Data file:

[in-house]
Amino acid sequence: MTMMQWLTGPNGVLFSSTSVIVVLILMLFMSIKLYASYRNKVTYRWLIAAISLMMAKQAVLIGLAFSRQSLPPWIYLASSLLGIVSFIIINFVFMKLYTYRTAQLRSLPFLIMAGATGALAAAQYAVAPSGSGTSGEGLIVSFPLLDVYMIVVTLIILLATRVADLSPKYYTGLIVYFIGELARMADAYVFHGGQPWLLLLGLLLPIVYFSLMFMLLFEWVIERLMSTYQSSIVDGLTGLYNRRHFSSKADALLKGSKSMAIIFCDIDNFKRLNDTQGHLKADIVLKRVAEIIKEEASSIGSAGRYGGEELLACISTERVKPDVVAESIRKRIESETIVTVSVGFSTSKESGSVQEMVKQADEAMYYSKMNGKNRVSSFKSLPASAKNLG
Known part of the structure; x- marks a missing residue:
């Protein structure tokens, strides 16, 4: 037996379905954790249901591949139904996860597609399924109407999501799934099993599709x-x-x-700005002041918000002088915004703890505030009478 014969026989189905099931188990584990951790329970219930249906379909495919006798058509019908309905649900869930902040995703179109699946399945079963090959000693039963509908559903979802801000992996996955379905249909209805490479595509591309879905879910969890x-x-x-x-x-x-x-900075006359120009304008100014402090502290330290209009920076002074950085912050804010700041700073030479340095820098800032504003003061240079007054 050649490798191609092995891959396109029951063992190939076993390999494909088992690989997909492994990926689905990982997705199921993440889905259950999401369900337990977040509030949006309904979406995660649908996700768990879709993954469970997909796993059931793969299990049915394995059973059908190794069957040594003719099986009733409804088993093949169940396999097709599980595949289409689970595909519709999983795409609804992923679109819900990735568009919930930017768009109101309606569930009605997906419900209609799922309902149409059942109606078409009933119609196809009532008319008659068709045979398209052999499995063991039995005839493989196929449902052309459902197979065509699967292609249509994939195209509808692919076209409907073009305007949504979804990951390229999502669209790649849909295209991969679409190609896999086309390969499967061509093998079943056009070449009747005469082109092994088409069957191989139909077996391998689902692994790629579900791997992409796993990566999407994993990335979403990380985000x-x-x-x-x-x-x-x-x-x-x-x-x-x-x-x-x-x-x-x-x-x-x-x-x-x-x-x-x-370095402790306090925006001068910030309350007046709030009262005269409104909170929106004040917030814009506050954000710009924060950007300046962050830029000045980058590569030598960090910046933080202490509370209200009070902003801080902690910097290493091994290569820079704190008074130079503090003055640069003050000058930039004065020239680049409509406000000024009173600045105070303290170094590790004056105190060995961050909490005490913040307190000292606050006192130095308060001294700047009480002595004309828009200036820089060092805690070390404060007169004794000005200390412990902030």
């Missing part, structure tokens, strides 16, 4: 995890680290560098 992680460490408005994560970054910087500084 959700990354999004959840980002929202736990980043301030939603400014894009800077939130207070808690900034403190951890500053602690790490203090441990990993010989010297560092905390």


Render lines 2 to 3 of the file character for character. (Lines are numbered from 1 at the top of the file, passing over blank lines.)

Amino acid sequence: MTMMQWLTGPNGVLFSSTSVIVVLILMLFMSIKLYASYRNKVTYRWLIAAISLMMAKQAVLIGLAFSRQSLPPWIYLASSLLGIVSFIIINFVFMKLYTYRTAQLRSLPFLIMAGATGALAAAQYAVAPSGSGTSGEGLIVSFPLLDVYMIVVTLIILLATRVADLSPKYYTGLIVYFIGELARMADAYVFHGGQPWLLLLGLLLPIVYFSLMFMLLFEWVIERLMSTYQSSIVDGLTGLYNRRHFSSKADALLKGSKSMAIIFCDIDNFKRLNDTQGHLKADIVLKRVAEIIKEEASSIGSAGRYGGEELLACISTERVKPDVVAESIRKRIESETIVTVSVGFSTSKESGSVQEMVKQADEAMYYSKMNGKNRVSSFKSLPASAKNLG
Known part of the structure; x- marks a missing residue: